On Tuesday, hundreds filled Roone Arledge Auditorium in Lerner Hall for a service to celebrate the life of former Dean of the School of General Studies Peter Awn. One after another, administrators, professors, friends, and family members spoke in-depth on the many different ways in which Awn touched their lives.
Awn lived two separate lives: as “Uncle Pete” and “Rockstar Dean.” People from the two spheres came together for the first time to honor the same Peter.
Awn’s family and colleagues were introduced for the first time at the side of Awn’s hospital bed. Many sensed that Awn made the conscious decision to separate his family from his work life, keeping to his mindset that “It was never about him” but the people he dedicated his life to helping. On the day of Awn’s funeral, the large audience was a testament to his reputation as the best uncle, brother, teacher, mentor, dean, and friend that he could be.
“He knew the value of discussing The Iliad with a veteran and Medea with a mother of two.”
In his opening remarks, University President Lee Bollinger noted that Awn knew two things: GS students were unique, with a special set of talents informed by their non-traditional background, and all he had to do was “make everyone else in the world realize and appreciate that fact.”
“Not only has GS been successfully integrated into the greatness of Columbia, but the greatness of Columbia has been enhanced by General Studies,” Bollinger said.
Bollinger added that GS has contributed much to the richness of the University and that following the two decades of Awn’s tenure as dean, he was the greatest gift that GS has given to the Columbia community.
While speakers honored his influence as an administrator who transformed the school, they emphasized that this transformation was as a result of his commitment to students above all.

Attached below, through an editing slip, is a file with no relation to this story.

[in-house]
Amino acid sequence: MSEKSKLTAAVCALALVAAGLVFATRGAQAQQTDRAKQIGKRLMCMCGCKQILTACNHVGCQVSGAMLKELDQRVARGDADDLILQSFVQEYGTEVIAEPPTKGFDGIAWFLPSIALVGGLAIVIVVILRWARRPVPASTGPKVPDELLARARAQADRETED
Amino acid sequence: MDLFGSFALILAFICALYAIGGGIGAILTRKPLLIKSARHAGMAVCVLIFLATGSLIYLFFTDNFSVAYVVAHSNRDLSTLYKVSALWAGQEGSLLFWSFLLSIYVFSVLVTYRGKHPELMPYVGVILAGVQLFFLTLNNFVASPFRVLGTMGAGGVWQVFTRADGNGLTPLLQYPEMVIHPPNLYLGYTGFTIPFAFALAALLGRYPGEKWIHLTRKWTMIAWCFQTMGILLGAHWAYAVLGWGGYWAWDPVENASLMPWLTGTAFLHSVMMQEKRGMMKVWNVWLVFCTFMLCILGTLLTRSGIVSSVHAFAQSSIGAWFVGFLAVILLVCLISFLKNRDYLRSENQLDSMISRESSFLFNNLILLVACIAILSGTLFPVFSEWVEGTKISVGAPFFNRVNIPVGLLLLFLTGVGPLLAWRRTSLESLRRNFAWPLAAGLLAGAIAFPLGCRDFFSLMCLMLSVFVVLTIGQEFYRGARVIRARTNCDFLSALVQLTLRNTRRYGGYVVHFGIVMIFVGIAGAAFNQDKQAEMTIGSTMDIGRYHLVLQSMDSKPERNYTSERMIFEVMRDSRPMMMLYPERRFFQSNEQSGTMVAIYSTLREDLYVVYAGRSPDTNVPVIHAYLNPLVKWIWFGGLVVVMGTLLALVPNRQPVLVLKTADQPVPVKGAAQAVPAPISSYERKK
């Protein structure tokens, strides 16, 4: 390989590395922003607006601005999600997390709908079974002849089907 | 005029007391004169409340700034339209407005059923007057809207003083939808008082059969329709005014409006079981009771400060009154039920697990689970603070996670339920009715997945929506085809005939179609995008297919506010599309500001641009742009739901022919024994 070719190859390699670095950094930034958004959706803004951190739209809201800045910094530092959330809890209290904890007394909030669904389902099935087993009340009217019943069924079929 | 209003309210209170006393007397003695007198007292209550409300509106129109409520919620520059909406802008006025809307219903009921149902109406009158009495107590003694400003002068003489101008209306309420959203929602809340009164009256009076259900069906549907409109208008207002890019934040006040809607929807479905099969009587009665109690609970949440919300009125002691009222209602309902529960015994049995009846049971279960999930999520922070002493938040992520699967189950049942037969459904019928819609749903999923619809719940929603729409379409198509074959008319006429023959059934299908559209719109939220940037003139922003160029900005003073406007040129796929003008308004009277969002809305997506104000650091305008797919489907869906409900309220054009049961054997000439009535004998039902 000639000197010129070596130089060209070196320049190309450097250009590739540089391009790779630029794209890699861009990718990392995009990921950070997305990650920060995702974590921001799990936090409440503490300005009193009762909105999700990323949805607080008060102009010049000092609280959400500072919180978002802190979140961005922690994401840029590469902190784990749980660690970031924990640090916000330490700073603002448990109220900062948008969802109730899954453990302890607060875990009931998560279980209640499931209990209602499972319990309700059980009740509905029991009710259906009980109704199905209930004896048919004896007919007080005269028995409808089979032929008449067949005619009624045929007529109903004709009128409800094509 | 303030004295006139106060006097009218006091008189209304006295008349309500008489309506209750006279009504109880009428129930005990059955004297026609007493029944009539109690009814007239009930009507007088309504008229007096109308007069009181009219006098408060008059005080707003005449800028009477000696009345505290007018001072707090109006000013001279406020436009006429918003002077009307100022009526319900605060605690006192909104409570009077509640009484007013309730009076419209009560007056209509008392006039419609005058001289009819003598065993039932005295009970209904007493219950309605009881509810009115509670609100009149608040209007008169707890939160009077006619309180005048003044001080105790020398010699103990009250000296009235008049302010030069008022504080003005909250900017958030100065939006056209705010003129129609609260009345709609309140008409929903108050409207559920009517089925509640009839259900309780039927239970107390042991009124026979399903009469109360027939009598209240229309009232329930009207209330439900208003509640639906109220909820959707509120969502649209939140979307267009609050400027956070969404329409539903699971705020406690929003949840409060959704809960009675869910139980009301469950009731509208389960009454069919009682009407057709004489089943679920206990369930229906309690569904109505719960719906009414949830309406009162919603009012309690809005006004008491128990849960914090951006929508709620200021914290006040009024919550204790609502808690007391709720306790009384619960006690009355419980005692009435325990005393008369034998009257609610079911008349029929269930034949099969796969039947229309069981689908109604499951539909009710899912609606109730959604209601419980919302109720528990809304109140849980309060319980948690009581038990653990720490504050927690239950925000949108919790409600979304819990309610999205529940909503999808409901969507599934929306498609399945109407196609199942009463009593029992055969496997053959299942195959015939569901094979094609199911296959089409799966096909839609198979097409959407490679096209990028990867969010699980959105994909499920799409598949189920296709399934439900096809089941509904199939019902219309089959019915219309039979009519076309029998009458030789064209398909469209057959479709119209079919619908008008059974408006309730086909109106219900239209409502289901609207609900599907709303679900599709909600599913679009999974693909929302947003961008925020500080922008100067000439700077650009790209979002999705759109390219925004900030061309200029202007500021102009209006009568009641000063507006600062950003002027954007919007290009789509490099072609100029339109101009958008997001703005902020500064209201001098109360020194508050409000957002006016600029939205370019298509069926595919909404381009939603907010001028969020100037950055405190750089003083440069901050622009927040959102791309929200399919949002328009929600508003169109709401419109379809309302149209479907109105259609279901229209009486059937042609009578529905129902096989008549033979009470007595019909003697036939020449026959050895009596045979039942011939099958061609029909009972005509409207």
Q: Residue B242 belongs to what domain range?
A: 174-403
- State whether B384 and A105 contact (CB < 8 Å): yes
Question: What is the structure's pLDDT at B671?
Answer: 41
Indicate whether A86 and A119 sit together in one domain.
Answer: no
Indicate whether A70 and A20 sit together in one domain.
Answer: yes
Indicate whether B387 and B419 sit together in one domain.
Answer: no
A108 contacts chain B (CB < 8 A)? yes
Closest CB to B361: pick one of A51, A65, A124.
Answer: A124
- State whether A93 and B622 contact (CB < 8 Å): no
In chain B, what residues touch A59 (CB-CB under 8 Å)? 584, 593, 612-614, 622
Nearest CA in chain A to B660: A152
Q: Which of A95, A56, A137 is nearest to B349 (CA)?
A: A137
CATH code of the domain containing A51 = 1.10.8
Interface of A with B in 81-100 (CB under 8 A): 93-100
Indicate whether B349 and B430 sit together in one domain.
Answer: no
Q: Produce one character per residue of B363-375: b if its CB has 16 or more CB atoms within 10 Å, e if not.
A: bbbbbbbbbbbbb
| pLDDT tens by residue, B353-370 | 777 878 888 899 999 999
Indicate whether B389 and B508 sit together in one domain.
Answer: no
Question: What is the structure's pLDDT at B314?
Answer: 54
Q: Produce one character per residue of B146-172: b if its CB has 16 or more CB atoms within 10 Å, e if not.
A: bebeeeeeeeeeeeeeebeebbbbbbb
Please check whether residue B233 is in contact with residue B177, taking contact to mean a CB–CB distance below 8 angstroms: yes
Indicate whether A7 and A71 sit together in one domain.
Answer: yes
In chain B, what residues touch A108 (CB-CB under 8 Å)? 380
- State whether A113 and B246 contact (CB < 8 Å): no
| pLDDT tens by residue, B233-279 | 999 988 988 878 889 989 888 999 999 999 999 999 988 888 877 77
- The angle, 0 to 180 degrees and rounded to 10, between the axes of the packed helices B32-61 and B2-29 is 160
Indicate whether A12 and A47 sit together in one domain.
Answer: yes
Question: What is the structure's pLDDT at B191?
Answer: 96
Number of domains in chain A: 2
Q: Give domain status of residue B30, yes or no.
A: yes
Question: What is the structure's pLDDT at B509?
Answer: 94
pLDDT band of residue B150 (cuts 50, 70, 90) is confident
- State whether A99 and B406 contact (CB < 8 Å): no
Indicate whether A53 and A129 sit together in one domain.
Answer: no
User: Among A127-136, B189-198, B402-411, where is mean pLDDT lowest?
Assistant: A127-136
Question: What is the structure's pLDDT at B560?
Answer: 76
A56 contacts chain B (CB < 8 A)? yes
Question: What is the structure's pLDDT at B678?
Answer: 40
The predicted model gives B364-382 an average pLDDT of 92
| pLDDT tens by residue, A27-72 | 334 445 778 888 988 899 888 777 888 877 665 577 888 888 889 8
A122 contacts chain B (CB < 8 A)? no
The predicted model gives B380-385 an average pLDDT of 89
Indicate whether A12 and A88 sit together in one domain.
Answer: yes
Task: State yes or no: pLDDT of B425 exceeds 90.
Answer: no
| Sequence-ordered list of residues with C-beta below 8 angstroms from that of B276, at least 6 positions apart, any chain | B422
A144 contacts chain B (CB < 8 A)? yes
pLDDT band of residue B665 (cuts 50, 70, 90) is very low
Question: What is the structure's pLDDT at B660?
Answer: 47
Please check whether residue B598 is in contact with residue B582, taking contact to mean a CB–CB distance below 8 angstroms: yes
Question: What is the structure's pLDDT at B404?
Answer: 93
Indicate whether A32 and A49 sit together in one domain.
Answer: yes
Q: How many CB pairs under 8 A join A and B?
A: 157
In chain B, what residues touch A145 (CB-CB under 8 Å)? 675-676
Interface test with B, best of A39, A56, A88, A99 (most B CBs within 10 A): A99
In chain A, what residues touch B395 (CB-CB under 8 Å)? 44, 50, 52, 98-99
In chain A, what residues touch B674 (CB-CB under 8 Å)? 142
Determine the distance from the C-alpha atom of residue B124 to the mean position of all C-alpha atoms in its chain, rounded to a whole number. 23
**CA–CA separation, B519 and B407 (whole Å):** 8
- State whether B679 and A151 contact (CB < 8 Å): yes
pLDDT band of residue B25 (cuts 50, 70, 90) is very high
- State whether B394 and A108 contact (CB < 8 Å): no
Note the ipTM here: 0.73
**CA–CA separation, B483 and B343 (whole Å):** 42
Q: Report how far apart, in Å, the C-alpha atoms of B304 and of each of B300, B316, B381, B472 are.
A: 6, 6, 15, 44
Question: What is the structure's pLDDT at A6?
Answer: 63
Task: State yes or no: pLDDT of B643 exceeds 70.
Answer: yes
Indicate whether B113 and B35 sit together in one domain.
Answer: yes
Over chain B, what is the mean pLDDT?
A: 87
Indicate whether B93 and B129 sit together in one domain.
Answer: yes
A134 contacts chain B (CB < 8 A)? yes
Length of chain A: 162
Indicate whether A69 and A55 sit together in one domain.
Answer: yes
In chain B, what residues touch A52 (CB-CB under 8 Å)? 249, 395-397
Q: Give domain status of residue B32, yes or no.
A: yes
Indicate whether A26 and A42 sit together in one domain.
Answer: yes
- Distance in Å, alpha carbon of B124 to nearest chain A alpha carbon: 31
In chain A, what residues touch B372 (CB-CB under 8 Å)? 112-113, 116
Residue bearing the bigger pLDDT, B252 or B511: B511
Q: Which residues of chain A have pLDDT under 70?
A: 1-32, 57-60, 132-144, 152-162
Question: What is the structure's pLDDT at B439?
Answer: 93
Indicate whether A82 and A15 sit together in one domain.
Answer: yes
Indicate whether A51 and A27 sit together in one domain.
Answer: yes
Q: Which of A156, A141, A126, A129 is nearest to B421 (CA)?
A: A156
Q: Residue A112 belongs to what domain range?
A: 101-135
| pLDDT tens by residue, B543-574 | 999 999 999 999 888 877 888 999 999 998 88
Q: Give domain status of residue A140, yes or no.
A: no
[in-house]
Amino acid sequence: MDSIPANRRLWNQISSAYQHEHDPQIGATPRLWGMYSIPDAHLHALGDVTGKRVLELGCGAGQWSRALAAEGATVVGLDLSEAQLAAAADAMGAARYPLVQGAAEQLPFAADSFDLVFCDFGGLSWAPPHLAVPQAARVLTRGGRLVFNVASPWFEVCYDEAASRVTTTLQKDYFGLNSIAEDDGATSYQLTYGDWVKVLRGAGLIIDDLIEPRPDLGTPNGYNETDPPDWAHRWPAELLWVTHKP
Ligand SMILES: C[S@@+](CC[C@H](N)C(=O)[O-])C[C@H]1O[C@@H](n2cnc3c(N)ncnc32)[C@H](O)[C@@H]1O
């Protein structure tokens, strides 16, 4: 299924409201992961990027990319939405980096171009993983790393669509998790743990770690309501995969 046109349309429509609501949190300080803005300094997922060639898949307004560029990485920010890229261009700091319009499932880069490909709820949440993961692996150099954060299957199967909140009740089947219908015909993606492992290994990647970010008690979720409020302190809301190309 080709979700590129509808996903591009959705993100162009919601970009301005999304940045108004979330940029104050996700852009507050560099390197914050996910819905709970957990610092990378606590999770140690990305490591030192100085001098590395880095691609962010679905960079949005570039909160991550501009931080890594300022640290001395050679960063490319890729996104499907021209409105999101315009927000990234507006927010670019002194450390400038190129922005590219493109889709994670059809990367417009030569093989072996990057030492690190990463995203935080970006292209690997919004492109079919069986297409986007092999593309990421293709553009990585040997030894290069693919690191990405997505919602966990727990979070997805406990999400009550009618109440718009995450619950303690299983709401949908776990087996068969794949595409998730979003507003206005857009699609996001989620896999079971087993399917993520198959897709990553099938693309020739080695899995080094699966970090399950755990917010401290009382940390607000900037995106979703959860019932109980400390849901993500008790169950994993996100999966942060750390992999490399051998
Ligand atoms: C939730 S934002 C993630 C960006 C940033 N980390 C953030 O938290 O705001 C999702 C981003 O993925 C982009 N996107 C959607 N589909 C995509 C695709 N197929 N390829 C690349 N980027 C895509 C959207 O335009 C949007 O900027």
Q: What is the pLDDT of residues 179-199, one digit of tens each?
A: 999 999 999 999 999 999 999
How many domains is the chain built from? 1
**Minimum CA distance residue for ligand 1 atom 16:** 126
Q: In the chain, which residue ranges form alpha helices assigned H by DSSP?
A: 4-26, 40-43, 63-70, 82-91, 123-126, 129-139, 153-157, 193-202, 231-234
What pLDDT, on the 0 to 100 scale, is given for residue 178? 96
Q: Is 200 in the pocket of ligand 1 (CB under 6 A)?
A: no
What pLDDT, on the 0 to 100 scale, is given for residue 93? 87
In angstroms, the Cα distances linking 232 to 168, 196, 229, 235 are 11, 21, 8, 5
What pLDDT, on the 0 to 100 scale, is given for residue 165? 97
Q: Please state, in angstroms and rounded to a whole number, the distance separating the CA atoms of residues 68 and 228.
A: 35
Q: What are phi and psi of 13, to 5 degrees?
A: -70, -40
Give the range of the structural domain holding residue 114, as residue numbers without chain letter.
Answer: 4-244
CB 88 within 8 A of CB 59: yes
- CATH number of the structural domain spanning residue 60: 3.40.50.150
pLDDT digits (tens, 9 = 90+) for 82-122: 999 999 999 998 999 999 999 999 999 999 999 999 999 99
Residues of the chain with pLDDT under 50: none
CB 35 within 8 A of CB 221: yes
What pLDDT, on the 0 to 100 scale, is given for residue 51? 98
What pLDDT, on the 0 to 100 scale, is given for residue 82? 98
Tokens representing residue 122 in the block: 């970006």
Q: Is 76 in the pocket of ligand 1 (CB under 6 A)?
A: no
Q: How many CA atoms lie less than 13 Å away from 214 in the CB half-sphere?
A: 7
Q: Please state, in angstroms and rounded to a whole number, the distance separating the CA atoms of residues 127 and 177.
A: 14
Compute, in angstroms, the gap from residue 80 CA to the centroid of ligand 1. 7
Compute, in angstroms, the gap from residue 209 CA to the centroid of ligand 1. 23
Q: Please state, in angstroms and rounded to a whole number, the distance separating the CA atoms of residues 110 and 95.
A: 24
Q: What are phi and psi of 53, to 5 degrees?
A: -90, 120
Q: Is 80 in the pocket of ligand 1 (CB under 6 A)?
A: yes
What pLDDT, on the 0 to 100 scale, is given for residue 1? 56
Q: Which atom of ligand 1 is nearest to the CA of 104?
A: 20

Awn was appointed to his position of dean of General Studies in 1997. Provost John Coatsworth noted that in his time, Awn incorporated the rigor of the Core Curriculum into GS, recruited more veterans than all peer institutions combined, and made GS the “go-to place of curricular innovation” with the implementation of dual B.A. and joint global programs—all innovations that brought students to the forefront of the institution.
“Peter simply transformed the place. [He] celebrated diverse students, making it his priority,” Coatsworth said. “Peter’s wisdom, sound judgment, deep sense of humor, and deep commitment to serving students profoundly shaped Columbia for the better. We miss him already.”
After being ignored by his other colleagues, a professor remembers the two-hour lunch that welcomed him to the department as a junior faculty member.
As a new assistant professor, Najam Haider reached out to colleagues in the department of religion—many didn’t respond, while a few suggested he attend their office hours. But Awn invited him to lunch. The initial two hours Awn and Haider spent discussing Awn’s experience at Columbia and department gossip turned into monthly meetings over the next 10 years.